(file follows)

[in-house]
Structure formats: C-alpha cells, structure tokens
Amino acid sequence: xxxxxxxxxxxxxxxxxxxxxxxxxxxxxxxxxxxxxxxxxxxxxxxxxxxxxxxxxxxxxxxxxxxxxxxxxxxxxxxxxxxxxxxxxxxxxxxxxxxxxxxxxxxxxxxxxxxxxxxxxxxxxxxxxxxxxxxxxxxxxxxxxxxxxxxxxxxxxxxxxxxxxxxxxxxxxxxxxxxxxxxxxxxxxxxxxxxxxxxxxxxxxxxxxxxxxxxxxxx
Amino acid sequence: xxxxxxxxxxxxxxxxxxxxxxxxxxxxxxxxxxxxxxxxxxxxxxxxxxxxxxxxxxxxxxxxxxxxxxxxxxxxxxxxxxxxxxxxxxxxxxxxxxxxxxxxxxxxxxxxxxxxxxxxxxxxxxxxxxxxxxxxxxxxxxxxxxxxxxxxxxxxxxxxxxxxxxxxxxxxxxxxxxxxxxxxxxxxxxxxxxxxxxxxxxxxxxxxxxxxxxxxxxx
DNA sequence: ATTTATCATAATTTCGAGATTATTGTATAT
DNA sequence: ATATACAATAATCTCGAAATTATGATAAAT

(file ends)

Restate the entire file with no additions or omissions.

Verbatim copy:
[in-house]
Structure formats: C-alpha cells, structure tokens
Amino acid sequence: xxxxxxxxxxxxxxxxxxxxxxxxxxxxxxxxxxxxxxxxxxxxxxxxxxxxxxxxxxxxxxxxxxxxxxxxxxxxxxxxxxxxxxxxxxxxxxxxxxxxxxxxxxxxxxxxxxxxxxxxxxxxxxxxxxxxxxxxxxxxxxxxxxxxxxxxxxxxxxxxxxxxxxxxxxxxxxxxxxxxxxxxxxxxxxxxxxxxxxxxxxxxxxxxxxxxxxxxxxx
Amino acid sequence: xxxxxxxxxxxxxxxxxxxxxxxxxxxxxxxxxxxxxxxxxxxxxxxxxxxxxxxxxxxxxxxxxxxxxxxxxxxxxxxxxxxxxxxxxxxxxxxxxxxxxxxxxxxxxxxxxxxxxxxxxxxxxxxxxxxxxxxxxxxxxxxxxxxxxxxxxxxxxxxxxxxxxxxxxxxxxxxxxxxxxxxxxxxxxxxxxxxxxxxxxxxxxxxxxxxxxxxxxxx
DNA sequence: ATTTATCATAATTTCGAGATTATTGTATAT
DNA sequence: ATATACAATAATCTCGAAATTATGATAAAT